ISSUE NO. 268
May / June 2019
In February, I traveled to Tasmania, the beautiful island state just south of the Australian mainland, for the biannual Australian Wooden Boat Festival (see page 80).
The show ran from Friday through Monday, and throughout the weekend I was reminded of the power of wooden boats to connect far-flung people and communities. Here’s a succinct account of just a few small-world stories from the festival:
Thursday, February 7
Upon arrival at the Hobart airport, I met Emily Jateff, who works for the Australian National Maritime Museum in Sydney. She is an underwater archaeologist, and so is her husband, and one of his field areas, I learned, was in the Penobscot River, about a mile from my house in a tiny midcoast-Maine town.
Friday, February 8
I was invited to join the crew of YUKON, a 60-ton Danish fishing ketch turned charter vessel. I knew of this vessel from our story about her in WB No. 220, written by her owner-restorer, David Nash. But I had never met David, and did not know that YUKON is now based in Franklin, Tasmania. I had a stunning day aboard her and got to know David and his wife, Ea, in a place where I had never imagined I would meet them.
Saturday, February 9
I ran into the Maine-based yacht designer Chuck Paine in an espresso shop in downtown Hobart. Later, I met Geoff Ashton, who has been cruising with his family aboard a 50' sloop displayed at the festival. Geoff, a former merchant mariner, studied at Maine Maritime Academy. “All this way to talk about Maine,” Geoff said to me, laughing, before inquiring about the Gloucester, Massachusetts, boatbuilder Harold Burnham.
Sunday, February 10
I visited with Greg Hatten, author of “A River for the Running” published in WB No. 266. Invited by the crew of the Northwest School of Wooden Boat Building (more on this in the article), he had shipped his beloved wooden drift boat, OBSESSION, and gave a riveting slide-and-film presentation on river running later that day.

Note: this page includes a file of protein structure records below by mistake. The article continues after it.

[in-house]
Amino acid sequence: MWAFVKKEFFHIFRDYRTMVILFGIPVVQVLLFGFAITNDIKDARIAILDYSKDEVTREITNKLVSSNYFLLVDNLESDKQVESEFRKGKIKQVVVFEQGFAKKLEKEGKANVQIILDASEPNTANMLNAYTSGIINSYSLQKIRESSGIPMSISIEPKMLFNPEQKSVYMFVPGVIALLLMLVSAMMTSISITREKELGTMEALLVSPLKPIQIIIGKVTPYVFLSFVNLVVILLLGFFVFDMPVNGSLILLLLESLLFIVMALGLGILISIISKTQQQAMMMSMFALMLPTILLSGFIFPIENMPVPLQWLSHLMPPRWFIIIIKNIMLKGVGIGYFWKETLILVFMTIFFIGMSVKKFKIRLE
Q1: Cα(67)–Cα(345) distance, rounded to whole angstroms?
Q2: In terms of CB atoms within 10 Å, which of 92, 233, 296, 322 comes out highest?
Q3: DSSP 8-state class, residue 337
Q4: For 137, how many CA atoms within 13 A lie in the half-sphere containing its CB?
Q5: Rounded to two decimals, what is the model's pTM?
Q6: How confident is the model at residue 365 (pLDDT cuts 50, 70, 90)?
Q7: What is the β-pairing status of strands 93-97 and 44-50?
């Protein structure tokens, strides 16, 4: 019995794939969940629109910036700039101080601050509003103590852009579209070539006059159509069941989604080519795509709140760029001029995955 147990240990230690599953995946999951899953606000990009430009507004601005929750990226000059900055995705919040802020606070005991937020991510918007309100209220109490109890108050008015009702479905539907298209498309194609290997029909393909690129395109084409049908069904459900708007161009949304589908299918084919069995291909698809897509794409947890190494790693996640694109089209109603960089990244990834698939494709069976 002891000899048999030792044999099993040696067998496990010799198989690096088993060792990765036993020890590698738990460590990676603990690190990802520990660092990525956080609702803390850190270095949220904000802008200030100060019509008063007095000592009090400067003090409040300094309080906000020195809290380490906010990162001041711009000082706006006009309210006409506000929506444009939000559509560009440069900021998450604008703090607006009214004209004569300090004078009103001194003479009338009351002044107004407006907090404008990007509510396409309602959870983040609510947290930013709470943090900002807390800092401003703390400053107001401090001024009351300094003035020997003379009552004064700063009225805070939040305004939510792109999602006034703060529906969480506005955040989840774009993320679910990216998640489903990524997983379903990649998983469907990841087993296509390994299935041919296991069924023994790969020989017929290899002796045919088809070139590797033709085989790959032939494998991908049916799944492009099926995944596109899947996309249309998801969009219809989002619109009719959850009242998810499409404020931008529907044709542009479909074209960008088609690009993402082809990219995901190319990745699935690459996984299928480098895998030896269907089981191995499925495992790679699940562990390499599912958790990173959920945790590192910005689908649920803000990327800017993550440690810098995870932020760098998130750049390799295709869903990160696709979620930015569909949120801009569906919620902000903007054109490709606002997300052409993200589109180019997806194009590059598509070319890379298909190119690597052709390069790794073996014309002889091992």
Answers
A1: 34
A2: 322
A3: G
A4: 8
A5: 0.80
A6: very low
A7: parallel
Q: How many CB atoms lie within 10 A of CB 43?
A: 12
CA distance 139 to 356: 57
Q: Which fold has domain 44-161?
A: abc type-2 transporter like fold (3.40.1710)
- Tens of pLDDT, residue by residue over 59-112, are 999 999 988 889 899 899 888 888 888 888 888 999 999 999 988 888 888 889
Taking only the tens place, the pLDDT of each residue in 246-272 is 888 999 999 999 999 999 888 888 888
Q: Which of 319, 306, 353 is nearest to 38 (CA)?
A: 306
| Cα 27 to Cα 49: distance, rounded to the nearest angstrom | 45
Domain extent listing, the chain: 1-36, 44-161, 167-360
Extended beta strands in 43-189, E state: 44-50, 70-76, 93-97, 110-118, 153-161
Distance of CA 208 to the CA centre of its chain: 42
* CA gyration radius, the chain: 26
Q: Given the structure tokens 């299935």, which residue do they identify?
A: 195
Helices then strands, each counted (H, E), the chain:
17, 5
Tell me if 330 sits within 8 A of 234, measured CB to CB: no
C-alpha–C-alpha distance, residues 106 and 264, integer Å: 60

I later visited aboard BENITO, a 44' lobsterboat-as-yacht built by Johns Bay Boat Co. in South Bristol, Maine.
Monday, February 11
After an excursion with friends John and De Deegan, who took time out of their world-girdling voyage in the early 1990s to work for WoodenBoat School for a couple of summers, I joined a small tour of IMAS, the University of Tasmania’s Institute for Marine and Antarctic Studies facility. Its state-of-the-art building is adjacent to the festival venue, and this was a little detour from the wooden-boat action—or so I thought. Our guide was Mike Coffin, who oversaw the construction of the facility and was its director. As our tour was concluding, Mike made a brief stop at his office, and my eyes alit on three photographs on his wall, of classic wooden boats in a very familiar setting. “That’s my S-boat,” he said. “I have a place in Maine.” Mike, it turned out, grew up not far from WoodenBoat, and he returns to Maine regularly. The S-boat, a classic Herreshoff one-design, just happened to be the previous issue’s cover story.
It was a very full weekend, and I spent it sprinting to see as much as I could see. So you can imagine my disappointment when I returned home to this note from regular WoodenBoat contributor Nic Compton: “Did you come across a boat called LUCY, designed by Ed Burnett and built by a couple in Tasmania?” In this issue, Nic writes about Ed and the great designs he left behind when he died in 2015 (see page 26). Alas, I had not seen LUCY. By all accounts, she is a beautiful boat. As much as I would love to have encountered the genius of Ed Burnett at the festival, and to have connected two more dots in the wooden-boat community, I’m looking forward to eventually doing so—and to another small-world story.
Editor of WoodenBoat Magazine